Liveblogged from Drake IP Roundtable 2013.
William Hubbard argues that weaker US patents may improve US competitive advantage.
What makes companies competitive? Two relevant issues:
Factor conditions – materials, labour; but also advanced factors: information, highly educated labour, specialised infrastructure.
Domestic rivalry – domestic rivalry turns out to be more important for global competitiveness because: transaction costs are low (high cross-pollination between competitors); shared programs and infrastructure; gives rise to clusters (related industries – suppliers etc).
Patent law implicates information. It can increase information, but it can also decrease rivalry. US patent law appears to give meaningful incentives to foreign companies, but does not decrease rivalry. Accordingly, foreign companies get the benefits of US patent law, but not the harmful limitations on competition.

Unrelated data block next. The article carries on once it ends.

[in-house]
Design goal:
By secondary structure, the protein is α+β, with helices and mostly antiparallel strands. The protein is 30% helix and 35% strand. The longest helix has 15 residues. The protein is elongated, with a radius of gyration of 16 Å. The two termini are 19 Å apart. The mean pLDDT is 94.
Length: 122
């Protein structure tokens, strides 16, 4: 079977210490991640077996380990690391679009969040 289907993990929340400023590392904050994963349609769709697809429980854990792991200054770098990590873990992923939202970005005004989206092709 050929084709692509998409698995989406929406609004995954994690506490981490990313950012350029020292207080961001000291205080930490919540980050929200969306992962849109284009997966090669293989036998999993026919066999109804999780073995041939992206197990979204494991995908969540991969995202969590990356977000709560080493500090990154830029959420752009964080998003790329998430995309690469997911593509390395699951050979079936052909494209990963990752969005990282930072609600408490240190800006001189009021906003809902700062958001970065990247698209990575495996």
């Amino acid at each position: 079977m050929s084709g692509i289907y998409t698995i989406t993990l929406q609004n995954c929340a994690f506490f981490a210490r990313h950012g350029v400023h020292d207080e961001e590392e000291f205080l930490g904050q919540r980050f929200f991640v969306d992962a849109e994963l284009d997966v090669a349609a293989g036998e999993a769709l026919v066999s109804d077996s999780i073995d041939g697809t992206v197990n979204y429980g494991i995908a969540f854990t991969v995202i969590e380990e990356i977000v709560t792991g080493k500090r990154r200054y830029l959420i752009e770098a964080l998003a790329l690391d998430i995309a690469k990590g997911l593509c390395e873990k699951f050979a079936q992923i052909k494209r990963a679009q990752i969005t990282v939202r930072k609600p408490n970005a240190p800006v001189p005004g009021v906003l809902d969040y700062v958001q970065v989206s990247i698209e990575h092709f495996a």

US patent law provides the most robust rights in the world; so it provides robust incentives to both US and foreign companies, but only imposes costs on US companies. There is reason to think that we have passed the tipping point that the harms associated with the strength of patent law outweigh the benefits.
Hubbard suggests that we can carefully weaken US patent law. Potential reforms include:
Broad recalibrations: industry specific patent reforms may mitigate harfmul side effects (worries about this approach));
Harmonizing “down”: weakening down to foreign standards (e.g. eliminating the grace period) (worries that one side does not fit all);
Selectively harmonizing “down”: (e.g. expanding experimental use defence).